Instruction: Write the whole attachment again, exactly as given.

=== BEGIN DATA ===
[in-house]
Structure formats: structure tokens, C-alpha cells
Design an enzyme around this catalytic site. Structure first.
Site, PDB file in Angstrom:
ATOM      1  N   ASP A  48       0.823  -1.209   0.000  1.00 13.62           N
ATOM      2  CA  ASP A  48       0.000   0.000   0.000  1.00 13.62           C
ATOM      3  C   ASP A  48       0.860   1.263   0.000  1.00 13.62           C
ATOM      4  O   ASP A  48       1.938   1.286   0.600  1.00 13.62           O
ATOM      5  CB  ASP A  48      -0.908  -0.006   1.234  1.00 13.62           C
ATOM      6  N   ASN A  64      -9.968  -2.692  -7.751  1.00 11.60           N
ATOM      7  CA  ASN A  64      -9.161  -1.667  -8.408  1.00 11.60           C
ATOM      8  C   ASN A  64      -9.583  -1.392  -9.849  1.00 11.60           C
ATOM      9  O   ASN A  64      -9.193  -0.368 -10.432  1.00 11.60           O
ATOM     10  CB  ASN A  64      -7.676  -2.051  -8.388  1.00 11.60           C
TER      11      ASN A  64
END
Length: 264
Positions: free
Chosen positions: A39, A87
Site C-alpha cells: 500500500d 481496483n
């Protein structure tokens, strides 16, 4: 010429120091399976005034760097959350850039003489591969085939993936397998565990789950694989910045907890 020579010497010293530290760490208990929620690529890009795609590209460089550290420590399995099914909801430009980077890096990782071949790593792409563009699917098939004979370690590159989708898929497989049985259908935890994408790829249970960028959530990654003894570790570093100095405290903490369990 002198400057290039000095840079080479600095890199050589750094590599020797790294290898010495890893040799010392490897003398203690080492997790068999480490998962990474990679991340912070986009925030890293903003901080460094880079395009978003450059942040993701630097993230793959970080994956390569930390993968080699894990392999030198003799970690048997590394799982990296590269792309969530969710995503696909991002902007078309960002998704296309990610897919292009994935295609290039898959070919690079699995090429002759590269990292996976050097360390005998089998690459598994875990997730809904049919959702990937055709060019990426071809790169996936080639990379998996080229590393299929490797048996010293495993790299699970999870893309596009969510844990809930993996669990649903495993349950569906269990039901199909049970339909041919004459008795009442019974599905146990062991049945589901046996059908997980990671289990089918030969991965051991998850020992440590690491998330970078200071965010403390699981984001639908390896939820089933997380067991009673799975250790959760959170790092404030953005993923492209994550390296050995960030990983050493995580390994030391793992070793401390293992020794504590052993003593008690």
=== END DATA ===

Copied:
[in-house]
Structure formats: structure tokens, C-alpha cells
Design an enzyme around this catalytic site. Structure first.
Site, PDB file in Angstrom:
ATOM      1  N   ASP A  48       0.823  -1.209   0.000  1.00 13.62           N
ATOM      2  CA  ASP A  48       0.000   0.000   0.000  1.00 13.62           C
ATOM      3  C   ASP A  48       0.860   1.263   0.000  1.00 13.62           C
ATOM      4  O   ASP A  48       1.938   1.286   0.600  1.00 13.62           O
ATOM      5  CB  ASP A  48      -0.908  -0.006   1.234  1.00 13.62           C
ATOM      6  N   ASN A  64      -9.968  -2.692  -7.751  1.00 11.60           N
ATOM      7  CA  ASN A  64      -9.161  -1.667  -8.408  1.00 11.60           C
ATOM      8  C   ASN A  64      -9.583  -1.392  -9.849  1.00 11.60           C
ATOM      9  O   ASN A  64      -9.193  -0.368 -10.432  1.00 11.60           O
ATOM     10  CB  ASN A  64      -7.676  -2.051  -8.388  1.00 11.60           C
TER      11      ASN A  64
END
Length: 264
Positions: free
Chosen positions: A39, A87
Site C-alpha cells: 500500500d 481496483n
């Protein structure tokens, strides 16, 4: 010429120091399976005034760097959350850039003489591969085939993936397998565990789950694989910045907890 020579010497010293530290760490208990929620690529890009795609590209460089550290420590399995099914909801430009980077890096990782071949790593792409563009699917098939004979370690590159989708898929497989049985259908935890994408790829249970960028959530990654003894570790570093100095405290903490369990 002198400057290039000095840079080479600095890199050589750094590599020797790294290898010495890893040799010392490897003398203690080492997790068999480490998962990474990679991340912070986009925030890293903003901080460094880079395009978003450059942040993701630097993230793959970080994956390569930390993968080699894990392999030198003799970690048997590394799982990296590269792309969530969710995503696909991002902007078309960002998704296309990610897919292009994935295609290039898959070919690079699995090429002759590269990292996976050097360390005998089998690459598994875990997730809904049919959702990937055709060019990426071809790169996936080639990379998996080229590393299929490797048996010293495993790299699970999870893309596009969510844990809930993996669990649903495993349950569906269990039901199909049970339909041919004459008795009442019974599905146990062991049945589901046996059908997980990671289990089918030969991965051991998850020992440590690491998330970078200071965010403390699981984001639908390896939820089933997380067991009673799975250790959760959170790092404030953005993923492209994550390296050995960030990983050493995580390994030391793992070793401390293992020794504590052993003593008690």